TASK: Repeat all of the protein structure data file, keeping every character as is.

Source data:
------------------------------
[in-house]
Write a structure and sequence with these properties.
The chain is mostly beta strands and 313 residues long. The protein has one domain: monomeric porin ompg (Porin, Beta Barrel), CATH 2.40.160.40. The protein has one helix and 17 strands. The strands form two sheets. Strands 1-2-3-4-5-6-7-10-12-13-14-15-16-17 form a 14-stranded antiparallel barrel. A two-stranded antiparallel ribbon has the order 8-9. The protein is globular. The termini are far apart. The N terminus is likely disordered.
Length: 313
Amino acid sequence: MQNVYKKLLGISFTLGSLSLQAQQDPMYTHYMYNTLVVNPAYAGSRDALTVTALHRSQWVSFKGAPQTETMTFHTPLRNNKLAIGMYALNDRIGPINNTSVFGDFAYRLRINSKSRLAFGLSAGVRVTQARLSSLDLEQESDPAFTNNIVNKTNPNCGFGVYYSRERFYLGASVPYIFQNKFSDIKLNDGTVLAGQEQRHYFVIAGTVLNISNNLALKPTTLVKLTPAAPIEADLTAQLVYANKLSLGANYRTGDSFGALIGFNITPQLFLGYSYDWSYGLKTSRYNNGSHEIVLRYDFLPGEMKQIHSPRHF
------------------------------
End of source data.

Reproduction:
[in-house]
Write a structure and sequence with these properties.
The chain is mostly beta strands and 313 residues long. The protein has one domain: monomeric porin ompg (Porin, Beta Barrel), CATH 2.40.160.40. The protein has one helix and 17 strands. The strands form two sheets. Strands 1-2-3-4-5-6-7-10-12-13-14-15-16-17 form a 14-stranded antiparallel barrel. A two-stranded antiparallel ribbon has the order 8-9. The protein is globular. The termini are far apart. The N terminus is likely disordered.
Length: 313
Amino acid sequence: MQNVYKKLLGISFTLGSLSLQAQQDPMYTHYMYNTLVVNPAYAGSRDALTVTALHRSQWVSFKGAPQTETMTFHTPLRNNKLAIGMYALNDRIGPINNTSVFGDFAYRLRINSKSRLAFGLSAGVRVTQARLSSLDLEQESDPAFTNNIVNKTNPNCGFGVYYSRERFYLGASVPYIFQNKFSDIKLNDGTVLAGQEQRHYFVIAGTVLNISNNLALKPTTLVKLTPAAPIEADLTAQLVYANKLSLGANYRTGDSFGALIGFNITPQLFLGYSYDWSYGLKTSRYNNGSHEIVLRYDFLPGEMKQIHSPRHF